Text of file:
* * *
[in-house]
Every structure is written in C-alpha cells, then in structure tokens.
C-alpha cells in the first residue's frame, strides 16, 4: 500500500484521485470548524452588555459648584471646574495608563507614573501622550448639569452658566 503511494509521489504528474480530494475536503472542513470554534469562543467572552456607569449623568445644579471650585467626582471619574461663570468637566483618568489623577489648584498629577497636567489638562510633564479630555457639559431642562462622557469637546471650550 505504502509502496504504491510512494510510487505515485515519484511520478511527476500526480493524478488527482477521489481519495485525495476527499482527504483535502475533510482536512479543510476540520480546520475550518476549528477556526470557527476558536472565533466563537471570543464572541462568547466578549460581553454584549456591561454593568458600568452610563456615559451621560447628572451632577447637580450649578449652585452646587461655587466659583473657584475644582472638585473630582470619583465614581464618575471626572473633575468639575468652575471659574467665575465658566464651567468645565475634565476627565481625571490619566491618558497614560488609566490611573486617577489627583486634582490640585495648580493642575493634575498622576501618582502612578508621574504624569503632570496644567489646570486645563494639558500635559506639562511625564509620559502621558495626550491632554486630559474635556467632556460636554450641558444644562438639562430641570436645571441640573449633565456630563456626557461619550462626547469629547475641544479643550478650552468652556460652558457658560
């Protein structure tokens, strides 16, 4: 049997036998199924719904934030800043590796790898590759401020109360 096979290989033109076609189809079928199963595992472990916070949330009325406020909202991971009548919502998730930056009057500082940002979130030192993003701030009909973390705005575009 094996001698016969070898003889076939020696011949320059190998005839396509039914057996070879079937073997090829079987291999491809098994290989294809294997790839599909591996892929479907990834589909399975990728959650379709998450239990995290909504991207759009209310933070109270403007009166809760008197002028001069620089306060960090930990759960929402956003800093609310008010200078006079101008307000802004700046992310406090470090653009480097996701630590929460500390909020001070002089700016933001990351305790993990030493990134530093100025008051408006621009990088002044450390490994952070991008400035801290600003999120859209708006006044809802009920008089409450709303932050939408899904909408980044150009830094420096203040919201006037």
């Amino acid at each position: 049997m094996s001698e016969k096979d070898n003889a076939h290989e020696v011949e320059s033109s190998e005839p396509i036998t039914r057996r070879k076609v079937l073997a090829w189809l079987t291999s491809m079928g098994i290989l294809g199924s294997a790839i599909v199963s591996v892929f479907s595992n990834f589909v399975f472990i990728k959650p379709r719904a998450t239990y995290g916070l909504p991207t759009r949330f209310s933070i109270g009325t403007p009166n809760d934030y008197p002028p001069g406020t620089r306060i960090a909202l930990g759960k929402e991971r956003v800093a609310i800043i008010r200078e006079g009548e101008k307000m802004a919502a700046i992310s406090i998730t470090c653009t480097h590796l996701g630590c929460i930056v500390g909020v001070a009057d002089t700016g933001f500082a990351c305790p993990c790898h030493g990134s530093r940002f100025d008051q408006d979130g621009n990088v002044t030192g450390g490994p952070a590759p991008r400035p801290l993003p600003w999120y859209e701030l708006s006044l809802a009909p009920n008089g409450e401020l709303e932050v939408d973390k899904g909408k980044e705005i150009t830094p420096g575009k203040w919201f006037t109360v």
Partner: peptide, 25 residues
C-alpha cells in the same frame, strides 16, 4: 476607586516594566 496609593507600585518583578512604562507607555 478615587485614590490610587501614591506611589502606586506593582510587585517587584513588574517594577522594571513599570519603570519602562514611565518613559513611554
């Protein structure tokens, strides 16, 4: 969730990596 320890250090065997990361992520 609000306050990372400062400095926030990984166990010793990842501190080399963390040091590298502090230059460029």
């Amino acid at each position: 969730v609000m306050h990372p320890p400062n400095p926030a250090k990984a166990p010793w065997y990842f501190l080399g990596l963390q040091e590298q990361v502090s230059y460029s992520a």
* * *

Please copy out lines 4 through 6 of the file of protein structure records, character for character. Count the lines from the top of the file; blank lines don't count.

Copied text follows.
């Protein structure tokens, strides 16, 4: 049997036998199924719904934030800043590796790898590759401020109360 096979290989033109076609189809079928199963595992472990916070949330009325406020909202991971009548919502998730930056009057500082940002979130030192993003701030009909973390705005575009 094996001698016969070898003889076939020696011949320059190998005839396509039914057996070879079937073997090829079987291999491809098994290989294809294997790839599909591996892929479907990834589909399975990728959650379709998450239990995290909504991207759009209310933070109270403007009166809760008197002028001069620089306060960090930990759960929402956003800093609310008010200078006079101008307000802004700046992310406090470090653009480097996701630590929460500390909020001070002089700016933001990351305790993990030493990134530093100025008051408006621009990088002044450390490994952070991008400035801290600003999120859209708006006044809802009920008089409450709303932050939408899904909408980044150009830094420096203040919201006037």
């Amino acid at each position: 049997m094996s001698e016969k096979d070898n003889a076939h290989e020696v011949e320059s033109s190998e005839p396509i036998t039914r057996r070879k076609v079937l073997a090829w189809l079987t291999s491809m079928g098994i290989l294809g199924s294997a790839i599909v199963s591996v892929f479907s595992n990834f589909v399975f472990i990728k959650p379709r719904a998450t239990y995290g916070l909504p991207t759009r949330f209310s933070i109270g009325t403007p009166n809760d934030y008197p002028p001069g406020t620089r306060i960090a909202l930990g759960k929402e991971r956003v800093a609310i800043i008010r200078e006079g009548e101008k307000m802004a919502a700046i992310s406090i998730t470090c653009t480097h590796l996701g630590c929460i930056v500390g909020v001070a009057d002089t700016g933001f500082a990351c305790p993990c790898h030493g990134s530093r940002f100025d008051q408006d979130g621009n990088v002044t030192g450390g490994p952070a590759p991008r400035p801290l993003p600003w999120y859209e701030l708006s006044l809802a009909p009920n008089g409450e401020l709303e932050v939408d973390k899904g909408k980044e705005i150009t830094p420096g575009k203040w919201f006037t109360v």
Partner: peptide, 25 residues